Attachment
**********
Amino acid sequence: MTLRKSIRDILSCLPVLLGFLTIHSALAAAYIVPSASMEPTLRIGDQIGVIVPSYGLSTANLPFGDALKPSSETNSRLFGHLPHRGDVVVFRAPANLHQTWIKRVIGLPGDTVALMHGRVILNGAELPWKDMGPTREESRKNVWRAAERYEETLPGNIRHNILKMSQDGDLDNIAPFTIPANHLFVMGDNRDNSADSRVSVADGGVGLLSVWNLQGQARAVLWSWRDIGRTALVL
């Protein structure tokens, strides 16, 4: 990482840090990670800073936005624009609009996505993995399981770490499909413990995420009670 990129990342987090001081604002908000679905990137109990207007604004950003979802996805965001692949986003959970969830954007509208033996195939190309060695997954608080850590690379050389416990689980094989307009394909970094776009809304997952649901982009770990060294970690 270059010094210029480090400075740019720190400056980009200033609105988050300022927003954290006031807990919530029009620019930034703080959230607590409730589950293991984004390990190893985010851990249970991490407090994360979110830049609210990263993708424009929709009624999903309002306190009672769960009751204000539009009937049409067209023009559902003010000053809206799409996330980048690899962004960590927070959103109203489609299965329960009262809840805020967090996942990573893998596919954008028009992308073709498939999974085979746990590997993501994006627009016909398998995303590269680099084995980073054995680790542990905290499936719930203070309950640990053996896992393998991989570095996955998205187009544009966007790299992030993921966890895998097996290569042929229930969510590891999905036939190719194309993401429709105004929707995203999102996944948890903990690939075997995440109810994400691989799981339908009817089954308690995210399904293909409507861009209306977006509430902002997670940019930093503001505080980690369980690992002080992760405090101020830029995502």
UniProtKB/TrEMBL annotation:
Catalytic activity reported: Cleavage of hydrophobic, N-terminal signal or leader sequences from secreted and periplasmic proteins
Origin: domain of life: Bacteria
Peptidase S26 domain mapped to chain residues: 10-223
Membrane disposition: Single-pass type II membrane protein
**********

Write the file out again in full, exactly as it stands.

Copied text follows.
Amino acid sequence: MTLRKSIRDILSCLPVLLGFLTIHSALAAAYIVPSASMEPTLRIGDQIGVIVPSYGLSTANLPFGDALKPSSETNSRLFGHLPHRGDVVVFRAPANLHQTWIKRVIGLPGDTVALMHGRVILNGAELPWKDMGPTREESRKNVWRAAERYEETLPGNIRHNILKMSQDGDLDNIAPFTIPANHLFVMGDNRDNSADSRVSVADGGVGLLSVWNLQGQARAVLWSWRDIGRTALVL
């Protein structure tokens, strides 16, 4: 990482840090990670800073936005624009609009996505993995399981770490499909413990995420009670 990129990342987090001081604002908000679905990137109990207007604004950003979802996805965001692949986003959970969830954007509208033996195939190309060695997954608080850590690379050389416990689980094989307009394909970094776009809304997952649901982009770990060294970690 270059010094210029480090400075740019720190400056980009200033609105988050300022927003954290006031807990919530029009620019930034703080959230607590409730589950293991984004390990190893985010851990249970991490407090994360979110830049609210990263993708424009929709009624999903309002306190009672769960009751204000539009009937049409067209023009559902003010000053809206799409996330980048690899962004960590927070959103109203489609299965329960009262809840805020967090996942990573893998596919954008028009992308073709498939999974085979746990590997993501994006627009016909398998995303590269680099084995980073054995680790542990905290499936719930203070309950640990053996896992393998991989570095996955998205187009544009966007790299992030993921966890895998097996290569042929229930969510590891999905036939190719194309993401429709105004929707995203999102996944948890903990690939075997995440109810994400691989799981339908009817089954308690995210399904293909409507861009209306977006509430902002997670940019930093503001505080980690369980690992002080992760405090101020830029995502």
UniProtKB/TrEMBL annotation:
Catalytic activity reported: Cleavage of hydrophobic, N-terminal signal or leader sequences from secreted and periplasmic proteins
Origin: domain of life: Bacteria
Peptidase S26 domain mapped to chain residues: 10-223
Membrane disposition: Single-pass type II membrane protein